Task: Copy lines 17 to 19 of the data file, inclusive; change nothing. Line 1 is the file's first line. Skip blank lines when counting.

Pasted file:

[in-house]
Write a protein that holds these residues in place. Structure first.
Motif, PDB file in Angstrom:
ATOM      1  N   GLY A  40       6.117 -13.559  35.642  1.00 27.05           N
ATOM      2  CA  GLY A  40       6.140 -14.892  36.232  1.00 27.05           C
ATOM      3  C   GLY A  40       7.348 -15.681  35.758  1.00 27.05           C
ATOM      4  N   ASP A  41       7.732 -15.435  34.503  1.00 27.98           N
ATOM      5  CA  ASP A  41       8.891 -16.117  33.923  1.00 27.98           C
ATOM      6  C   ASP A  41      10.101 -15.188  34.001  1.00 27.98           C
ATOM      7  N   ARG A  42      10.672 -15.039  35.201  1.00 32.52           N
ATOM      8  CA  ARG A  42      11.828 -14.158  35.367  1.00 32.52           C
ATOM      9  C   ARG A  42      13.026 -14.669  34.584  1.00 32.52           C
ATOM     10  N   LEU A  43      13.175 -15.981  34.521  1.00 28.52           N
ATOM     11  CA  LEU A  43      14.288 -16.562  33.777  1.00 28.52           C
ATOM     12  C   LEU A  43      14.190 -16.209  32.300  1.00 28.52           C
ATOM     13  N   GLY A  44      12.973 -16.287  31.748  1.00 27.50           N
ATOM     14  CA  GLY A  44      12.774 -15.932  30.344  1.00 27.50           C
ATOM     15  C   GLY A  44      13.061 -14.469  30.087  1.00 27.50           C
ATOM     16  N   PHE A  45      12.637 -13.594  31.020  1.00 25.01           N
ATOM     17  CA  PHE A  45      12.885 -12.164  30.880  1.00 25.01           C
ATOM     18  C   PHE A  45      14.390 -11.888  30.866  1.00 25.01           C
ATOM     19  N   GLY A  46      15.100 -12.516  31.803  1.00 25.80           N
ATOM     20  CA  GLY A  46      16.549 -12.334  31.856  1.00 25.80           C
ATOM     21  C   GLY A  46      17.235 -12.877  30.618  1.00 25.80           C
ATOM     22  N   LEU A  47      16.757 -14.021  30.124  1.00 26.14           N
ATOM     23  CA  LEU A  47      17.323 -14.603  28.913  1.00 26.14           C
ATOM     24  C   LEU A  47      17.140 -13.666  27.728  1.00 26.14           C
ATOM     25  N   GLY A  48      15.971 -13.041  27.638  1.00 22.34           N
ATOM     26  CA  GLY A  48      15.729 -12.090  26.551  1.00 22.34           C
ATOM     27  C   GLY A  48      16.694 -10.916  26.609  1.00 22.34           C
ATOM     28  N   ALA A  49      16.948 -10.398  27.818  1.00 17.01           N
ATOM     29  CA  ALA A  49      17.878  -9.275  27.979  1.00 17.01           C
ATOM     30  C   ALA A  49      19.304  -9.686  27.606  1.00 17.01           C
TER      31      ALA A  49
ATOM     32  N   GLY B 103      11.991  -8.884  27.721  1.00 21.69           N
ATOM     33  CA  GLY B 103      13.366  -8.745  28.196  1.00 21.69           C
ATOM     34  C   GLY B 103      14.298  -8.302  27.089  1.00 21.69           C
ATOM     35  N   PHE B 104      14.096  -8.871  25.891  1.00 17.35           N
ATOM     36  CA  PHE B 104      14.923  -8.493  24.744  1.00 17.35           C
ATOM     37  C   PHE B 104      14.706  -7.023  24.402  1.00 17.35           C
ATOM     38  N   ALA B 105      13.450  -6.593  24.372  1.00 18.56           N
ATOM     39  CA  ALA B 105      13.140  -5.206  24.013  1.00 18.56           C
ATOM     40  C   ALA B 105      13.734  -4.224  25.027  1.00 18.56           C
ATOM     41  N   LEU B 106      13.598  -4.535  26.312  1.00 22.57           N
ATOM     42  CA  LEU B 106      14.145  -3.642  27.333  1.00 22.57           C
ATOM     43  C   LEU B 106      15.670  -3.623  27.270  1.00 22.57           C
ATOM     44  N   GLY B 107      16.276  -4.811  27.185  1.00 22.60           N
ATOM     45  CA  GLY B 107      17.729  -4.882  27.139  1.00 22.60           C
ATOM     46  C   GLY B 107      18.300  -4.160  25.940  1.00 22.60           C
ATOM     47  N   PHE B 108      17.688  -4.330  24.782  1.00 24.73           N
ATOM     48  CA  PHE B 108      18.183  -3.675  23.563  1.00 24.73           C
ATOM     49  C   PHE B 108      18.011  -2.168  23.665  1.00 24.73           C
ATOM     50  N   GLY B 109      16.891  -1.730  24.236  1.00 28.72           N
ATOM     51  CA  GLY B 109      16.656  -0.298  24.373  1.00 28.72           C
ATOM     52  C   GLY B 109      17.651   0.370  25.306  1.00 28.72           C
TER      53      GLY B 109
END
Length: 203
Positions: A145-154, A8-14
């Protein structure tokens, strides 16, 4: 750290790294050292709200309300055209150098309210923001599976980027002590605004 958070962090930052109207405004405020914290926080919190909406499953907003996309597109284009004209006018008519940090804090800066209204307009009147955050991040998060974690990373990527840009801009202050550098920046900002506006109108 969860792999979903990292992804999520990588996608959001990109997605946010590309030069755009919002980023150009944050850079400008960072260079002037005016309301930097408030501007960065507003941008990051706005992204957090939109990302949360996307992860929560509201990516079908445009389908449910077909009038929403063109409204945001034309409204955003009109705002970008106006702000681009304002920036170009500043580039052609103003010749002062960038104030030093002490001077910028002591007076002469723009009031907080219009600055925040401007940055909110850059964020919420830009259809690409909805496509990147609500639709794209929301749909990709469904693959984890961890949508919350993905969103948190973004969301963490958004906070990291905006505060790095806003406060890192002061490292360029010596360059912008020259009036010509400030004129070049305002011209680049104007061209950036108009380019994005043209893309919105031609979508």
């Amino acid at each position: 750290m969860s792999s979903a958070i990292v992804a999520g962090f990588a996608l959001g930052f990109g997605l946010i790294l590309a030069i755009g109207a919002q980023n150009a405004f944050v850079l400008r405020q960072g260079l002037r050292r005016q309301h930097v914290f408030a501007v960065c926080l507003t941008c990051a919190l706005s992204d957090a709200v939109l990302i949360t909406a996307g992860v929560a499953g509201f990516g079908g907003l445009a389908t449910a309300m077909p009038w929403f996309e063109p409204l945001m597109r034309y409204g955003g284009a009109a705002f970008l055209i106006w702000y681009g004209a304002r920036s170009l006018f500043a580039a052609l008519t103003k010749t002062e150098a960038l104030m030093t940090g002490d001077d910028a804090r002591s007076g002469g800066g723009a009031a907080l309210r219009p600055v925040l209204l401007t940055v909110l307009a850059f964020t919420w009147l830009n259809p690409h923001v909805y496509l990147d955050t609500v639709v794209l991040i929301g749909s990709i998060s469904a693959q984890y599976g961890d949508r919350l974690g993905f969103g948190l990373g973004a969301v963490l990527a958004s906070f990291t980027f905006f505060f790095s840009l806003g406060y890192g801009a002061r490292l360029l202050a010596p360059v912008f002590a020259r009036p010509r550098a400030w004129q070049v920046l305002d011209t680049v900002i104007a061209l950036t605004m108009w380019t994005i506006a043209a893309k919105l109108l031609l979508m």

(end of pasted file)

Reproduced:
ATOM     14  CA  GLY A  44      12.774 -15.932  30.344  1.00 27.50           C
ATOM     15  C   GLY A  44      13.061 -14.469  30.087  1.00 27.50           C
ATOM     16  N   PHE A  45      12.637 -13.594  31.020  1.00 25.01           N